Canadian Students Abroad

Our adventures traveling through Europe.


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Website Moved!

Hi everyone,

I moved my blog to a new website: http://travellingstudents.travellerspoint.com/

This blogging site is more convenient for travel blogging, because it allows me to tag my posts by location and date and it also creates maps of our trips as we go. The best part, though, is that I can send posts to a special e-mail address and they’ll be uploaded to the blog immediately which makes it a lot easier to keep the blog updated while we’re on the road — for anyone travel-blogging I would definitely recommend travellerspoint.com. I still like facebook the best for photos, though — the photo “gallery” on travellerspoint isn’t quite comparable, so there are still links to all the photos at the bottom of the posts.

Anyway, I started writing this blog just to keep my family in the loop while we’re on the road, but I’m so excited that it’s getting out there for some other people to read. I hope you all enjoy it!

Kira


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Canary Islands

This was the most amazing place we’ve been to for sure. It was extra impressive though because it was my first beach vacation, and I think I loved it so much because it reminds of home in a lot of ways. We were lucky and got great weather the whole week and two of the most amazing hosts anyone could ask for. I’m starting to understand why people “snowbird”— this was a much needed escape from the grey, rainy winter in Europe this year. After spending the week lounging around beaches and getting to know some of the locals, I can safely say we chose the wrong major. I’m half kidding, but I’d really love to be able to speak Spanish! We had the most amazing hosts here who showed us around the island and took us to places we never could have reached on our own. We spent a lot of time on beaches, of course, but also took in a few sites like a salt museum by the salt flats, the island of Lobos, although that also just ended up being a beach day, and a trip to Timanfaya park on Lanzarote. The culture is great here and the island is beautiful. I don’t think we could have chosen a better place to end our trip.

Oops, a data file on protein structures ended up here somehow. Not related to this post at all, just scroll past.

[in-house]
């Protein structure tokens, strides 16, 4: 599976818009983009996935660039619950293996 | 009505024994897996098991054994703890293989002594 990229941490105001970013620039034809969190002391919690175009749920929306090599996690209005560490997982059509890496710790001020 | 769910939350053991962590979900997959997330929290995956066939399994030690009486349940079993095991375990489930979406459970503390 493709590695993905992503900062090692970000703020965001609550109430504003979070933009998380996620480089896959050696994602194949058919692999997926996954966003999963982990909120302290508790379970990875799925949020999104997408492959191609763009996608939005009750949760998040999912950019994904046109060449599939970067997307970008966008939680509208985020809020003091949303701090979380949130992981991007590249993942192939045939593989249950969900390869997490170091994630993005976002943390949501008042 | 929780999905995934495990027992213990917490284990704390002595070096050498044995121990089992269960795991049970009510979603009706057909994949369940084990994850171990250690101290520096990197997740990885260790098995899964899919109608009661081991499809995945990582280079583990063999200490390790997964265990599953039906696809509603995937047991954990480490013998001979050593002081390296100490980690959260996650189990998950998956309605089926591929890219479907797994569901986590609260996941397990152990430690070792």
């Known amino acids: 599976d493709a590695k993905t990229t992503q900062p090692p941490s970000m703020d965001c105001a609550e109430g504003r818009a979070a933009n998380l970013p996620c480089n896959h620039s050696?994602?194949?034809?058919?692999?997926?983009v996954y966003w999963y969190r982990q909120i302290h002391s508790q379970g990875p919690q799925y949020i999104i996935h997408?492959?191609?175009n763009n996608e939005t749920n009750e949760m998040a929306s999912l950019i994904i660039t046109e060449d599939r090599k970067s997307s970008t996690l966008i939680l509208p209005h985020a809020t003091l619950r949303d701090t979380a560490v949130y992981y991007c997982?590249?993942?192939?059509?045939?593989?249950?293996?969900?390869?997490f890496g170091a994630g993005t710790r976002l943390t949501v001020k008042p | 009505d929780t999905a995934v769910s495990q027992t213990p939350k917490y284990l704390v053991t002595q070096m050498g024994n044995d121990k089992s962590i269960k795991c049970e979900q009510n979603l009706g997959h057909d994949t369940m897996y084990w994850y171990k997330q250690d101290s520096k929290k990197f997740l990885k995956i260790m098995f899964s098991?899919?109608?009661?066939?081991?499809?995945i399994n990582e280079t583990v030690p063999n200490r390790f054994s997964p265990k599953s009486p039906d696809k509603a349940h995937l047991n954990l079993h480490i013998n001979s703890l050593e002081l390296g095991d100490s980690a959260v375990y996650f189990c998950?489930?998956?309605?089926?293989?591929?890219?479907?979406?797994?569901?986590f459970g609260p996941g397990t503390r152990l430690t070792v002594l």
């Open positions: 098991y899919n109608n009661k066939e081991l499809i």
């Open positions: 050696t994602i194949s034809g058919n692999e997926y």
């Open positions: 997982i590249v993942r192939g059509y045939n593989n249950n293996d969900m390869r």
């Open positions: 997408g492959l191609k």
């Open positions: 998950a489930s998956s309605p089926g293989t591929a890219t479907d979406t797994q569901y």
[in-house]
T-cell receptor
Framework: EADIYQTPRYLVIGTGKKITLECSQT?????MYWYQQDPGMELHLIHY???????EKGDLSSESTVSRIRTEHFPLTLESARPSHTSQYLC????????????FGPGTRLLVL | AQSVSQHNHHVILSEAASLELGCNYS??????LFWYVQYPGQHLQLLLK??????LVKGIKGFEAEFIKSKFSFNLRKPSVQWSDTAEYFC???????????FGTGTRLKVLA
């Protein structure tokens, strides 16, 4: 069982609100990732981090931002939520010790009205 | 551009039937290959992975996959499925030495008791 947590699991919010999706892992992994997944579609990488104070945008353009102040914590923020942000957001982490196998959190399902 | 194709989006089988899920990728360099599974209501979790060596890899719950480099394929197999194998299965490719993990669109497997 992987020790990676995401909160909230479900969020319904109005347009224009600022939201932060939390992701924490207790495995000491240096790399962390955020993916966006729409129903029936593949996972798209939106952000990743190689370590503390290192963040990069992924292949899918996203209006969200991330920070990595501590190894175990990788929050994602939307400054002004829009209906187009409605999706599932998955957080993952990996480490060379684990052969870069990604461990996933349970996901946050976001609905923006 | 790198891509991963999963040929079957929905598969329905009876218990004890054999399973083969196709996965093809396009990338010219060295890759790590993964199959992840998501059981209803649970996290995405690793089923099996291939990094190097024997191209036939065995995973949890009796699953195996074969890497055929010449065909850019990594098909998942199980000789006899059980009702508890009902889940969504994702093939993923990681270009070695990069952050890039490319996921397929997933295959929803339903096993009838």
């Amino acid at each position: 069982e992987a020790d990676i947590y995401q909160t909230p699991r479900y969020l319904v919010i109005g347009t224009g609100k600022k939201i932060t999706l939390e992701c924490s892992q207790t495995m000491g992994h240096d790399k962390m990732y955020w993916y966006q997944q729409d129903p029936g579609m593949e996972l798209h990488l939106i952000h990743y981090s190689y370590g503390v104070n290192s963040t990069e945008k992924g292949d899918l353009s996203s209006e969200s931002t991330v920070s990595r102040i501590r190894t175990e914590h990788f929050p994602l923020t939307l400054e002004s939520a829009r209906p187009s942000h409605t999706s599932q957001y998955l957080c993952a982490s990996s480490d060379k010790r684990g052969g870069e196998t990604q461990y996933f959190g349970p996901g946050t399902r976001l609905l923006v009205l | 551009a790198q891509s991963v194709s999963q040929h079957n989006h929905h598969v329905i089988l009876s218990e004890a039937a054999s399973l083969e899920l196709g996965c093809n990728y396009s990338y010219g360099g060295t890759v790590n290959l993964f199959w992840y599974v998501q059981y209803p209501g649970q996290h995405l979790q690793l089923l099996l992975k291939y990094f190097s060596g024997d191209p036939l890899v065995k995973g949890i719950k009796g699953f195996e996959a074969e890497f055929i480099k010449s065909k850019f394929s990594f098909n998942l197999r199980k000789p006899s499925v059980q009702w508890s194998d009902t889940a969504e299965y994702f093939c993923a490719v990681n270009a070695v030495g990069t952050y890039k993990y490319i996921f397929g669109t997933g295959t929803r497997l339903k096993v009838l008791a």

The day we arrived our hosts, Julio and Isabel, picked us up from the airport and took us around the island to some places not accessible by bus. We saw a black sand beach in Ajuy and some caves there. I had fresh fish for the first time since we left home for lunch. Afterwards we went to Isabelle’s parents’ house and got to see the most typical lifestyle on Fuerteventura. They have a huge goat farm with about 300 goats, also lots of sheep and chickens and even a few peacocks! After tourism, goat farming is the main industry on the island. They took us to see the sunset at the Faro de la Entallada, near Gran Tarajal, which was unbelievable. We went back and got some rest, looking forward to the rest of the week.

The next few days we spent visiting all the beautiful beaches on the island. For a small island with relatively few inhabitants, there’s a great bus service for tourists. It runs the entire length of the island and you can get to all the main places with it for only a few euros. We spent some time in Peurto del Rosario, which is where we stayed, and visited the salt flats in La Salina on our first day. We walked up to Caleta and caught a beautiful sunset there. Over the next couple of days we visited Morro Jable and Jandia beach, Costa Calma and La Barca beach, Corralejo, El Cotillo, and the beaches around these popular resort towns. El Cotillo was my favourite one, and it’s slightly on the western side of the island, so we got to see the sun set into the ocean.

We also managed to get in a couple of day trips. We spent one day on the Island of Lobos, a tiny island only a 15 minute ferry ride off the coast near Corralejo. The entire island is a national park. There are couple of houses where people live on a temporary basis, I think fishermen, and one small restaurant which sells nothing bus fresh fish. There a couple of really amazing beaches on the island which we spent some time at, then we got some fish at the restaurant before catching the last ferry back to Fuerteventura. On Saturday we went to Lanzarote to see the volcano there. It erupted in the 1700’s, so a huge part of the island is still covered in volcanic debris. The earth is still extremely hot there – there’s  a restaurant at the top of the volcano mountain where they cook the food over a giant hole in the ground where the heat comes up. There’s a very narrow, windy road which goes through the volcano park which you can travel through on a bus to see some amazing views. It was great to see a little highlight of Lanzarote; it definitely looks like it would be worth spending some time there to see the rest of the island.